Eucratides II

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Eucratides II as a young man.
Eucratides II
Eukratides II, imitation, possibly Sogdian.

Eucratides II or Eukratides II (Greek: Εὐκρατίδης Β΄) was a Greco-Bactrian king who was a successor and probably a son of Eucratides I. It seems likely that Eucratides II ruled for a relatively short time after the murder of his namesake, until he was dethroned in the dynastic civil war caused by the same murder:

"As Eucratides returned from India, he was killed on the way back by his son, whom he had associated to his rule, and who, without hiding his patricide, as if he didn't kill a father but an enemy, ran with his chariot over the blood of his father, and ordered the corpse to be left without a sepulture" Justin XLI,6 [1]

During his earlier years, Eucratides II may have been a co-regent of his father: on his later coins he adds the title Soter (Saviour), which could be an indication that he now ruled in his own right.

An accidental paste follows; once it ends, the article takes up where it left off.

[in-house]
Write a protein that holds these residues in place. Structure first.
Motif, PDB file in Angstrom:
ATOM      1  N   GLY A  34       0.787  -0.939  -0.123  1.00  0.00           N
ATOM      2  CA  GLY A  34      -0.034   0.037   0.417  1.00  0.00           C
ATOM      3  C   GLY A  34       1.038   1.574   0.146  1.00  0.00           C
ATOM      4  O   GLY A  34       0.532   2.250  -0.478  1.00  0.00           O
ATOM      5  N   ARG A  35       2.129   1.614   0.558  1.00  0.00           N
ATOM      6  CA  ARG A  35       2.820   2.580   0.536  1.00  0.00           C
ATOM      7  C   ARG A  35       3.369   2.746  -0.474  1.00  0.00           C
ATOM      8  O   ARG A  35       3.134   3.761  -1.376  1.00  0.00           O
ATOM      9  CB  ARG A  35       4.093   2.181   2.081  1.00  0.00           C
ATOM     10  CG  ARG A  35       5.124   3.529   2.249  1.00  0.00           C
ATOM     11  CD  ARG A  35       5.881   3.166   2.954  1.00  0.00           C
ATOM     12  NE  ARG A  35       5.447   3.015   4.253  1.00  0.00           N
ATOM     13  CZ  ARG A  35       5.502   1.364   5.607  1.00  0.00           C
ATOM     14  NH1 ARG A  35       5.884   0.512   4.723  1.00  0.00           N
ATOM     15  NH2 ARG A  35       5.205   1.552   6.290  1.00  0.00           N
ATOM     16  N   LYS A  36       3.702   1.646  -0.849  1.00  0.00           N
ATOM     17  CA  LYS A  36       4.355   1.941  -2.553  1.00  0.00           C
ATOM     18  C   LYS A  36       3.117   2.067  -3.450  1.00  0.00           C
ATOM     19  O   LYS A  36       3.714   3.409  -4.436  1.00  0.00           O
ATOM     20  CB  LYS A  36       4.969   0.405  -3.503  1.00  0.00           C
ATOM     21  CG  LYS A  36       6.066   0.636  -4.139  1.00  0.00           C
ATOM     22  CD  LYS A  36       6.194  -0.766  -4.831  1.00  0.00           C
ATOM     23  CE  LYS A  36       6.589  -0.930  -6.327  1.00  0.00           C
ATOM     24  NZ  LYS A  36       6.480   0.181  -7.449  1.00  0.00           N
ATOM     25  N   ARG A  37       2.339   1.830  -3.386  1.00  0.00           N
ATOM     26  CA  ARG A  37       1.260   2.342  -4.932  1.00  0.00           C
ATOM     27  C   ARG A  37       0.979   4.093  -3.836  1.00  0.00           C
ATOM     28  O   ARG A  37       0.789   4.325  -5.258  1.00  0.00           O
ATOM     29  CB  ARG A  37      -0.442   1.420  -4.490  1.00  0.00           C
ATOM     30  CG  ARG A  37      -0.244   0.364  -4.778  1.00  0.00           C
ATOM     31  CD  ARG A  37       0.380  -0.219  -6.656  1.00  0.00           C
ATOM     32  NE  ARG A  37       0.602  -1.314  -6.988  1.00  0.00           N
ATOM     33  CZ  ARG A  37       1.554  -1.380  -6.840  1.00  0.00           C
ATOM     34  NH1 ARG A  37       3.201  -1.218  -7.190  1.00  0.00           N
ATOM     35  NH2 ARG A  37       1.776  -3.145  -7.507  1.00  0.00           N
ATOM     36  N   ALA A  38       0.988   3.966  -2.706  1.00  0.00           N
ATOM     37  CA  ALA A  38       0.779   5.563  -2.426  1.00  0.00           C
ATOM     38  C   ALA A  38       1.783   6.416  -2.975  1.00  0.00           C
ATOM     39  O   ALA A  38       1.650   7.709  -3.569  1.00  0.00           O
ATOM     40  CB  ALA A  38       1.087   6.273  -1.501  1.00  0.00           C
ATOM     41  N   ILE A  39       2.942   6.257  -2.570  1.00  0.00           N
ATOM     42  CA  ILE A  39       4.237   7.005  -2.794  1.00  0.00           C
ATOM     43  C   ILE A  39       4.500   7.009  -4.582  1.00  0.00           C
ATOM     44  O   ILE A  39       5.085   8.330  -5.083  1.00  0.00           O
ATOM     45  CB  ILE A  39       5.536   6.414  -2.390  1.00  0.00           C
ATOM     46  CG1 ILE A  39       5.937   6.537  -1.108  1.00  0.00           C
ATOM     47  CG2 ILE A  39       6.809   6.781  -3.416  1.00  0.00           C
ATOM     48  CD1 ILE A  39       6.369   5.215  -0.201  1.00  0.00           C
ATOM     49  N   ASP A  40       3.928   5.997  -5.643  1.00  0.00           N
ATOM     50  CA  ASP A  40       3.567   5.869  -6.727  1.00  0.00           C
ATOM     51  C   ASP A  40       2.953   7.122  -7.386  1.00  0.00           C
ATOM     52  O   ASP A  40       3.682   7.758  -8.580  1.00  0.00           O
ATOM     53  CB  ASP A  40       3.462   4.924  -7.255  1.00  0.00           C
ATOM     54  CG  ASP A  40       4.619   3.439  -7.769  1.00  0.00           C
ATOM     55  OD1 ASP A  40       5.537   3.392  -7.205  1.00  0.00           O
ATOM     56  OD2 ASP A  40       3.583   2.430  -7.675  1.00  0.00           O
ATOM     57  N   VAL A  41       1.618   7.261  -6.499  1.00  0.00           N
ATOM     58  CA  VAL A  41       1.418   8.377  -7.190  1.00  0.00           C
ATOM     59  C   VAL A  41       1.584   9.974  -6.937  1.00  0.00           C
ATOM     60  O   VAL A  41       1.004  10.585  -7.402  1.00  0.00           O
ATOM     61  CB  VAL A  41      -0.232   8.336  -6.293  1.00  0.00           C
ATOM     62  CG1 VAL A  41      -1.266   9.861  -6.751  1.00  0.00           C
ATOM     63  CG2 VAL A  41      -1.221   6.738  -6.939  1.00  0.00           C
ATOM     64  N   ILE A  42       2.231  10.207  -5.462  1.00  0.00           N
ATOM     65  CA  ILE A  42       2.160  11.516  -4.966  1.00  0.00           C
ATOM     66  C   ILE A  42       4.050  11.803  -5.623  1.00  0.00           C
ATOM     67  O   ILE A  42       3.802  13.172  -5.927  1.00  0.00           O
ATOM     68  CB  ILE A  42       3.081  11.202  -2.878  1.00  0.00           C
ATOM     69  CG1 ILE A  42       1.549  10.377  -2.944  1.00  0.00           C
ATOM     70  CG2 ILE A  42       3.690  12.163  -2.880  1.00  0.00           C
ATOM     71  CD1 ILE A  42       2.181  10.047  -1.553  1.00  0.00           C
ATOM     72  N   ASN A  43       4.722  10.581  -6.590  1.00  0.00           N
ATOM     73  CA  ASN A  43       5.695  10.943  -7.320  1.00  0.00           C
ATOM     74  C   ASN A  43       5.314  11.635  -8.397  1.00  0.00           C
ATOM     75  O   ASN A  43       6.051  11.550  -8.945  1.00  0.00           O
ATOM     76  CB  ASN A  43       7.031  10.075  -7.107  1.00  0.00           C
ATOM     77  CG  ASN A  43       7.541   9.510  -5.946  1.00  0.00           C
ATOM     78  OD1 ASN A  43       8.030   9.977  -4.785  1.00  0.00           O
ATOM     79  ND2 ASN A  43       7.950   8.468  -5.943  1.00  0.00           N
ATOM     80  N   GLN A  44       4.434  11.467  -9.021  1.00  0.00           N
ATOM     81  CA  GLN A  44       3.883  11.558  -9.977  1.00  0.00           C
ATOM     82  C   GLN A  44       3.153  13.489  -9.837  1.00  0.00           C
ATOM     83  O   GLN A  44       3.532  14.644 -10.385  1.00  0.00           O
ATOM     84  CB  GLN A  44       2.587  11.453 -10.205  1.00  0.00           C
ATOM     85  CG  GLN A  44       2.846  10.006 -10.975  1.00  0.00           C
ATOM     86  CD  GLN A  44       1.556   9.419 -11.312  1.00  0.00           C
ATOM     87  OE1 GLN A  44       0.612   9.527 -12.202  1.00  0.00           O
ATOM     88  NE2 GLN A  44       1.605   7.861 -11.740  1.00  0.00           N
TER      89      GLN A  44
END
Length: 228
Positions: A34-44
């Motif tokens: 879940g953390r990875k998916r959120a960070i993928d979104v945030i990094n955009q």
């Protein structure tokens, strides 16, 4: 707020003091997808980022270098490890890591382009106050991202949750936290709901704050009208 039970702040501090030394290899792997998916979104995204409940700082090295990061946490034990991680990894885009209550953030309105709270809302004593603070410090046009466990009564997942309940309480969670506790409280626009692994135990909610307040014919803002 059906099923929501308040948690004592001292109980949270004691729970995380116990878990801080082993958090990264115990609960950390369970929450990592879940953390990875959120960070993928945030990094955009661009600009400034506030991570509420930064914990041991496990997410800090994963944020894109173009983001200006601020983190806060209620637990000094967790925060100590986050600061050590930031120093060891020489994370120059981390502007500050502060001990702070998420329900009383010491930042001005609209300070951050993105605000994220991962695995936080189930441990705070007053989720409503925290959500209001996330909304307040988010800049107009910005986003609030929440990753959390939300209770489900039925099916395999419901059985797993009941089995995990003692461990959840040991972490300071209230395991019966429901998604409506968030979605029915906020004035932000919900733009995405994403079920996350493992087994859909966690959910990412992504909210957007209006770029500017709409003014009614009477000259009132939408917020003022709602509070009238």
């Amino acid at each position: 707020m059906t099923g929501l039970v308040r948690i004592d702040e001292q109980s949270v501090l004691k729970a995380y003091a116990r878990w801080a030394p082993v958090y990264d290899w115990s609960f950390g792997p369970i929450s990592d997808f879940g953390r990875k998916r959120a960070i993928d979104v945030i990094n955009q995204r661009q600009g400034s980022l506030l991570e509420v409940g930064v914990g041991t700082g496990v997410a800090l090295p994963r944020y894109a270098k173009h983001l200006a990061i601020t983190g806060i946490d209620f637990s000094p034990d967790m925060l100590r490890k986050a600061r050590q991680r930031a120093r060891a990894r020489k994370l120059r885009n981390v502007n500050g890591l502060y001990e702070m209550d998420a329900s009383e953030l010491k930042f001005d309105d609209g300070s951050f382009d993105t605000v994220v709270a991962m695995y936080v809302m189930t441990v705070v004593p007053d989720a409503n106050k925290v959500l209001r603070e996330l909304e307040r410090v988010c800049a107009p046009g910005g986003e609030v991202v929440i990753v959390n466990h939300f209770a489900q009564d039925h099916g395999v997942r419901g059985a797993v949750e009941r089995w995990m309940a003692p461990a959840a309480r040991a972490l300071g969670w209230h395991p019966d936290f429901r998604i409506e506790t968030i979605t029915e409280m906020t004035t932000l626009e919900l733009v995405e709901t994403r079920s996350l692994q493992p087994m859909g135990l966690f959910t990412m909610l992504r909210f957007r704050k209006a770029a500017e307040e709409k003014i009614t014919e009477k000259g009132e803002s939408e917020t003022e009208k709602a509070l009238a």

Soon after Eucratides' II death, the last Bactrian king Heliocles I (probably another member of the same dynasty) was defeated by the Yuezhi tribes, who expelled the Greek kings from Bactria.

See also[edit]

References[edit]

  • The Shape of Ancient Thought. Comparative studies in Greek and Indian Philosophies by Thomas McEvilley (Allworth Press and the School of Visual Arts, 2002) ISBN 1-58115-203-5
  • Buddhism in Central Asia by B. N. Puri (Motilal Banarsidass Pub, January 1, 2000) ISBN 81-208-0372-8
  • The Greeks in Bactria and India by W.W. Tarn, Cambridge University Press.
Preceded by
Eucratides I
Greco-Bactrian King
(in Eastern Bactria)

145 – 140 BCE
Succeeded by
Heliocles I
  1. ^ O. Bopearachchi, "Monnaies gréco-bactriennes et indo-grecques, Catalogue raisonné", Bibliothèque Nationale, Paris, 1991, p.453
  2. ^ Quintanilla, Sonya Rhie (2 April 2019). "History of Early Stone Sculpture at Mathura: Ca. 150 BCE - 100 CE". BRILL – via Google Books.